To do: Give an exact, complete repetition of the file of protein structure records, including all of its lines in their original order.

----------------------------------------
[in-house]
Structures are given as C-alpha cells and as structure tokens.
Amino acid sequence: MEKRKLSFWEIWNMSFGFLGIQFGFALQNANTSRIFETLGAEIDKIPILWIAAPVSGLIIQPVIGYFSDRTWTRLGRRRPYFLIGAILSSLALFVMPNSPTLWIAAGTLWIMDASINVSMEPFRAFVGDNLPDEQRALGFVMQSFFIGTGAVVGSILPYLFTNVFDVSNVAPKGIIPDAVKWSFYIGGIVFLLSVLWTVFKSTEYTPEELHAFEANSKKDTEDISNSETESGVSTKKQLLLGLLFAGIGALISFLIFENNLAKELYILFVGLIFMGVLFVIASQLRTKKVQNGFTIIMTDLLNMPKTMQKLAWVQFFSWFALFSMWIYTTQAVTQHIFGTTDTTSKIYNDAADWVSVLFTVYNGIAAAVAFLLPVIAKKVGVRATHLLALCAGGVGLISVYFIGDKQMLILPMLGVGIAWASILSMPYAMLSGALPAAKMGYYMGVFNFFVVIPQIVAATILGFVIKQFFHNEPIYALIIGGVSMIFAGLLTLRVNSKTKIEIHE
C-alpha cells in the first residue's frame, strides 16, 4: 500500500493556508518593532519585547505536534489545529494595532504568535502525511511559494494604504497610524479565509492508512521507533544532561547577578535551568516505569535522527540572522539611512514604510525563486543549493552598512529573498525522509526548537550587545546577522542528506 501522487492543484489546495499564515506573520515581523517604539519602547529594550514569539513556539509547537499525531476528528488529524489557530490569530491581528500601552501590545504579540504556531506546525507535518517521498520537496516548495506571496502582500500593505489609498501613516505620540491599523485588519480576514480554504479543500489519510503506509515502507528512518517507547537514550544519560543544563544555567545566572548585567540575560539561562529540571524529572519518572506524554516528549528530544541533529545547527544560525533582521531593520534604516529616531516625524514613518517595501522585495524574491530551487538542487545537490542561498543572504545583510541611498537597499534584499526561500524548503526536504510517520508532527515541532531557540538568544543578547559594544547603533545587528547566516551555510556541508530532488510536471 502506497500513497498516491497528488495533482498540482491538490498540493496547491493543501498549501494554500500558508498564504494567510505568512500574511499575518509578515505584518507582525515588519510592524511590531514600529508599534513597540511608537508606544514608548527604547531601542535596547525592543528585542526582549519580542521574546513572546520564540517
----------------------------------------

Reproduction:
[in-house]
Structures are given as C-alpha cells and as structure tokens.
Amino acid sequence: MEKRKLSFWEIWNMSFGFLGIQFGFALQNANTSRIFETLGAEIDKIPILWIAAPVSGLIIQPVIGYFSDRTWTRLGRRRPYFLIGAILSSLALFVMPNSPTLWIAAGTLWIMDASINVSMEPFRAFVGDNLPDEQRALGFVMQSFFIGTGAVVGSILPYLFTNVFDVSNVAPKGIIPDAVKWSFYIGGIVFLLSVLWTVFKSTEYTPEELHAFEANSKKDTEDISNSETESGVSTKKQLLLGLLFAGIGALISFLIFENNLAKELYILFVGLIFMGVLFVIASQLRTKKVQNGFTIIMTDLLNMPKTMQKLAWVQFFSWFALFSMWIYTTQAVTQHIFGTTDTTSKIYNDAADWVSVLFTVYNGIAAAVAFLLPVIAKKVGVRATHLLALCAGGVGLISVYFIGDKQMLILPMLGVGIAWASILSMPYAMLSGALPAAKMGYYMGVFNFFVVIPQIVAATILGFVIKQFFHNEPIYALIIGGVSMIFAGLLTLRVNSKTKIEIHE
C-alpha cells in the first residue's frame, strides 16, 4: 500500500493556508518593532519585547505536534489545529494595532504568535502525511511559494494604504497610524479565509492508512521507533544532561547577578535551568516505569535522527540572522539611512514604510525563486543549493552598512529573498525522509526548537550587545546577522542528506 501522487492543484489546495499564515506573520515581523517604539519602547529594550514569539513556539509547537499525531476528528488529524489557530490569530491581528500601552501590545504579540504556531506546525507535518517521498520537496516548495506571496502582500500593505489609498501613516505620540491599523485588519480576514480554504479543500489519510503506509515502507528512518517507547537514550544519560543544563544555567545566572548585567540575560539561562529540571524529572519518572506524554516528549528530544541533529545547527544560525533582521531593520534604516529616531516625524514613518517595501522585495524574491530551487538542487545537490542561498543572504545583510541611498537597499534584499526561500524548503526536504510517520508532527515541532531557540538568544543578547559594544547603533545587528547566516551555510556541508530532488510536471 502506497500513497498516491497528488495533482498540482491538490498540493496547491493543501498549501494554500500558508498564504494567510505568512500574511499575518509578515505584518507582525515588519510592524511590531514600529508599534513597540511608537508606544514608548527604547531601542535596547525592543528585542526582549519580542521574546513572546520564540517